Federal Register: October 27, 2006 (Volume 71, Number 208)
DOCID: FR Doc E6-17828
DEPARTMENT OF TRANSPORTATION
Federal Aviation Administration
CFR Citation: 14 CFR Part 39
Docket ID: [Docket No. FAA-2006-24228; Directorate Identifier 2006-CE-22-AD; Amendment 39-14805; AD 2006-22-08]
RIN ID: RIN 2120-AA64
ACTION: Airworthiness directives:
DOCUMENT ACTION: Final rule.
Airworthiness Directives; Air Tractor, Inc. Models AT-602, AT- 802, and AT-802A Airplanes
DATES: This AD becomes effective on December 1, 2006.
As of December 1, 2006, the Director of the Federal Register approved the incorporation by reference of certain publications listed in the regulation.
The FAA adopts a new airworthiness directive (AD) for all Air Tractor, Inc. Models AT602, AT802, and AT802A airplanes. This AD requires you to repetitively inspect the engine mount for any cracks, repair or replace any cracked engine mount, and report any cracks found to the FAA. This AD results from reports of cracked engine mounts. We are issuing this AD to detect and correct cracks in the engine mount, which could result in failure of the engine mount. Such failure could lead to separation of the engine from the airplane.
Air Tractor, Inc.,
On April 26, 2006, we issued a proposal to amend part 39 of the Federal Aviation Regulations (14 CFR part 39) to include an AD that would apply to all Air Tractor, Inc. Models AT602, AT802, and AT802A airplanes. This proposal was published in the Federal Register as a notice of proposed rulemaking (NPRM) on May 2, 2006 (71 FR 25793). The NPRM proposed to require you to repetitively inspect the engine mount for any cracks, repair or replace any cracked engine mount, and report any cracks found to the FAA.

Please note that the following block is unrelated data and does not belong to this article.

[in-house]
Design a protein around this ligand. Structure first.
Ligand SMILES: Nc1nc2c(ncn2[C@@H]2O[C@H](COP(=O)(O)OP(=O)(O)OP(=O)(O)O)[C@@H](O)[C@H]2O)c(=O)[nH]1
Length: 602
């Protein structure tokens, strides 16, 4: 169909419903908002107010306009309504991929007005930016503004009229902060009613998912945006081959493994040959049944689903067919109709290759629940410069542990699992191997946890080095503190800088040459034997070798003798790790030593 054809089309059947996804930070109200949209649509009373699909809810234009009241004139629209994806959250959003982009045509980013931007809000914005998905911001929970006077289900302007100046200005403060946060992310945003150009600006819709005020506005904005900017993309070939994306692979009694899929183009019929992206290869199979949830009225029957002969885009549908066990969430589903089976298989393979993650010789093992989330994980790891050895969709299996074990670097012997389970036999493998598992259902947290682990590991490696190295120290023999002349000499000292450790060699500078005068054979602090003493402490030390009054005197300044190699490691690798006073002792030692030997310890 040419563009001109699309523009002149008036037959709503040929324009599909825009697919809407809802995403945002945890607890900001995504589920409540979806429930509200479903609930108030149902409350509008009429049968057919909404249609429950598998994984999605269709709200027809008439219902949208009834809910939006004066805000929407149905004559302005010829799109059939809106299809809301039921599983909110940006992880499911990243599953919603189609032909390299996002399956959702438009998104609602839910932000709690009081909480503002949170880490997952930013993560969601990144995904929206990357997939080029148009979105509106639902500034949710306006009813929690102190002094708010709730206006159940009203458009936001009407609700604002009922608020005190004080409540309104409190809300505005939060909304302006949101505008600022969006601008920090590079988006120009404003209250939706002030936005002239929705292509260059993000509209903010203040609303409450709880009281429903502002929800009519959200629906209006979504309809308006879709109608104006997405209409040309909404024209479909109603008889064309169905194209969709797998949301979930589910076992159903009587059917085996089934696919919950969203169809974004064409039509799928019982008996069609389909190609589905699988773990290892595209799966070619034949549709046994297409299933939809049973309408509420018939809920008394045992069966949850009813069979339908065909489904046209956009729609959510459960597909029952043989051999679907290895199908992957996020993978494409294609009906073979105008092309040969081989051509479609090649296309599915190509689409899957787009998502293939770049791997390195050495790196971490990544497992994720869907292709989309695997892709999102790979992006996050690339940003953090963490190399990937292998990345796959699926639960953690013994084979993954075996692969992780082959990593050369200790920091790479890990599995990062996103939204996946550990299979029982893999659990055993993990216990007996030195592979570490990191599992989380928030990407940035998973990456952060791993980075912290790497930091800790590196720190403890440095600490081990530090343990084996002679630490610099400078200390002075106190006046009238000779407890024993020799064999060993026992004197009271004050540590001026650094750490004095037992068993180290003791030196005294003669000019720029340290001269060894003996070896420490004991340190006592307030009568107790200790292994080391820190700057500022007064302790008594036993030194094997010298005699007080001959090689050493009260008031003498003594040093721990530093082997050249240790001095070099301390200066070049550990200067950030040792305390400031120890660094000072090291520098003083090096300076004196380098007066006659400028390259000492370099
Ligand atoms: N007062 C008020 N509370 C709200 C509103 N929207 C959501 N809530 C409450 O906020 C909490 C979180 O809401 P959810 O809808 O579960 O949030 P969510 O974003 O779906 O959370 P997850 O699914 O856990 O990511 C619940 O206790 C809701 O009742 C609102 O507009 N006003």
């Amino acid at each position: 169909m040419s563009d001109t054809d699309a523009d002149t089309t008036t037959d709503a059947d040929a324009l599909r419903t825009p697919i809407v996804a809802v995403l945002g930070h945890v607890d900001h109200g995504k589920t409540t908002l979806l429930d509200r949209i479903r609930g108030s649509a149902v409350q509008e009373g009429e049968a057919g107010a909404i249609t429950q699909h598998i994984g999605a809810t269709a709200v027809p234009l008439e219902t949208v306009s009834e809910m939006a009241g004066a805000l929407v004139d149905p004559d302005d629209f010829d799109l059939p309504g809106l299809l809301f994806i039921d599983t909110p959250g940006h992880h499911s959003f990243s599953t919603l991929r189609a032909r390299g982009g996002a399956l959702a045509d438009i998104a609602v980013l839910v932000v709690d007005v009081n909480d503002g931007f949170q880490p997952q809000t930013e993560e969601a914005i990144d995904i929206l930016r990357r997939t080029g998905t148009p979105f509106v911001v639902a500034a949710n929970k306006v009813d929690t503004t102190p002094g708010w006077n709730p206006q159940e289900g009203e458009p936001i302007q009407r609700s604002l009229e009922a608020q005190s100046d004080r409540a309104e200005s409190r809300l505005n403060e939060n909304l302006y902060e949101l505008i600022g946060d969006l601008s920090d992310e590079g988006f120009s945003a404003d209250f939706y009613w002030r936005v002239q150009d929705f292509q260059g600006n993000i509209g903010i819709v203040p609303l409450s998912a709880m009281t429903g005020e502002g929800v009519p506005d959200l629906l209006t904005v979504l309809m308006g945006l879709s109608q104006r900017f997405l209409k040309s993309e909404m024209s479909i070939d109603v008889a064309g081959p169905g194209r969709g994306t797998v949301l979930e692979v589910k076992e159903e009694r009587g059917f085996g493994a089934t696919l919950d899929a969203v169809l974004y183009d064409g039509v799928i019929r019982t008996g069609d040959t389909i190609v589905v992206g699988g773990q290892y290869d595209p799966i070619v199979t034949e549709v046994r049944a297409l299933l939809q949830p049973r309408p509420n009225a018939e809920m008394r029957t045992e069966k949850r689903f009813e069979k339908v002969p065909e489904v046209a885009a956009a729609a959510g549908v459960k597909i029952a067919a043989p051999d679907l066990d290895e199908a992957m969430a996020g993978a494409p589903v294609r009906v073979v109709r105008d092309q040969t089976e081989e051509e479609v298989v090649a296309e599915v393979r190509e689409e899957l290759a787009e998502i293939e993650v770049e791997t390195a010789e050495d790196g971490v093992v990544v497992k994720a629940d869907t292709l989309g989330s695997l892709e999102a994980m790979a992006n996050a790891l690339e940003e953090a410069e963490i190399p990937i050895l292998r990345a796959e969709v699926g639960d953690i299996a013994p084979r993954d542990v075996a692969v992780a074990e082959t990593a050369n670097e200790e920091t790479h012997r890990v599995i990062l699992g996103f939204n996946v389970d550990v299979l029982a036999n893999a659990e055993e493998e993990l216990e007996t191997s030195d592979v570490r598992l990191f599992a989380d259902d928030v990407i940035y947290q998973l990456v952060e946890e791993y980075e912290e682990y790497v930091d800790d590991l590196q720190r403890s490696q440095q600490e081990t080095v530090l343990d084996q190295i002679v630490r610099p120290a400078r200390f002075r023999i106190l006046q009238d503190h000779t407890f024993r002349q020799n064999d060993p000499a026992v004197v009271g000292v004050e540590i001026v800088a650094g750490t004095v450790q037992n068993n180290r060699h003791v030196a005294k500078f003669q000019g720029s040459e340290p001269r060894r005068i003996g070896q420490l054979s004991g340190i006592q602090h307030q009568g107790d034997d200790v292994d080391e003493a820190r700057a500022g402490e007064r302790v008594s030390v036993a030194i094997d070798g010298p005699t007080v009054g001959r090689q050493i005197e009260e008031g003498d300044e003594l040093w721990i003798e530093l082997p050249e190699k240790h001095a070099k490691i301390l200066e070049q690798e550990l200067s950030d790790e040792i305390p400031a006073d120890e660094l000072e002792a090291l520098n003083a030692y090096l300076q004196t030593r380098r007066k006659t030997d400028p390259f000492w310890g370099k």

We provided the public the opportunity to participate in developing this AD. The following presents the comment received on the proposal and FAA's response to the comment:
Comment Issue: Flight Test and Analysis
Ronald G. Bush suggests that proper flight testing of a correctly instrumented engine mount and structure, combined with analysis of the data collected, may provide for a more efficient solution to the cracking problem than the repetitive inspections currently provide. He notes that the cost of each inspection is estimated at $120, and a properly substantiated terminating action may prove less costly over time.
We partially agree that a properly executed flight test and analysis is a method to provide substantiating data that can be used to validate an alternate method for addressing the engine mount fatigue cracking. The FAA has not received any data at this time that proposes and substantiates a terminating action for the required inspections. If and when such information is received, we will consider mandating it through AD action.
We are not changing the AD as a result of this comment. Conclusion
We have carefully reviewed the available data and determined that
air safety and the public interest require adopting the AD as proposed
except for minor editorial corrections. We have determined that these minor corrections:
Costs of Compliance
We estimate that this AD affects 368 airplanes in the U.S. registry.